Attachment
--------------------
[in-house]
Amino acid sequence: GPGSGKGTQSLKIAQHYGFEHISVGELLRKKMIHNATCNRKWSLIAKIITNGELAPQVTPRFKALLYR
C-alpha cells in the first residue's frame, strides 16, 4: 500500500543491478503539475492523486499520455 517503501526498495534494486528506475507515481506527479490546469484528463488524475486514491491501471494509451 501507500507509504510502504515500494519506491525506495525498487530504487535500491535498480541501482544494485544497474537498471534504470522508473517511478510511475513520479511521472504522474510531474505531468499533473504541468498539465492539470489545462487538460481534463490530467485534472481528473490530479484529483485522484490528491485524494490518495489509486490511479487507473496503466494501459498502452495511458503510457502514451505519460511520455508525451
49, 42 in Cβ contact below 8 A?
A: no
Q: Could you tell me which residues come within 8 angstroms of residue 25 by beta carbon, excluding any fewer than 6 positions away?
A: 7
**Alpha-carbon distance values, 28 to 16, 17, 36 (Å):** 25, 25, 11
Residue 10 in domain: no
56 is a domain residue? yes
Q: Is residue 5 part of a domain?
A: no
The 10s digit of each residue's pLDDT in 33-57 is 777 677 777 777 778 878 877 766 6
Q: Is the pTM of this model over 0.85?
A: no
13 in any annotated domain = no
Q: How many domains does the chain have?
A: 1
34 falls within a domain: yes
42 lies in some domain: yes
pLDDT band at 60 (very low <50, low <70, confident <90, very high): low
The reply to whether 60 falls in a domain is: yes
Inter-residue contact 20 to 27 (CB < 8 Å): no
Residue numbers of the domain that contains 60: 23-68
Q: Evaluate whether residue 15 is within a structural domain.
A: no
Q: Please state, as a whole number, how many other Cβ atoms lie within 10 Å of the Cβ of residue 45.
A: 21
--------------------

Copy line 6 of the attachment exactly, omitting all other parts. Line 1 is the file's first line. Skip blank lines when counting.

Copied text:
Q: Could you tell me which residues come within 8 angstroms of residue 25 by beta carbon, excluding any fewer than 6 positions away?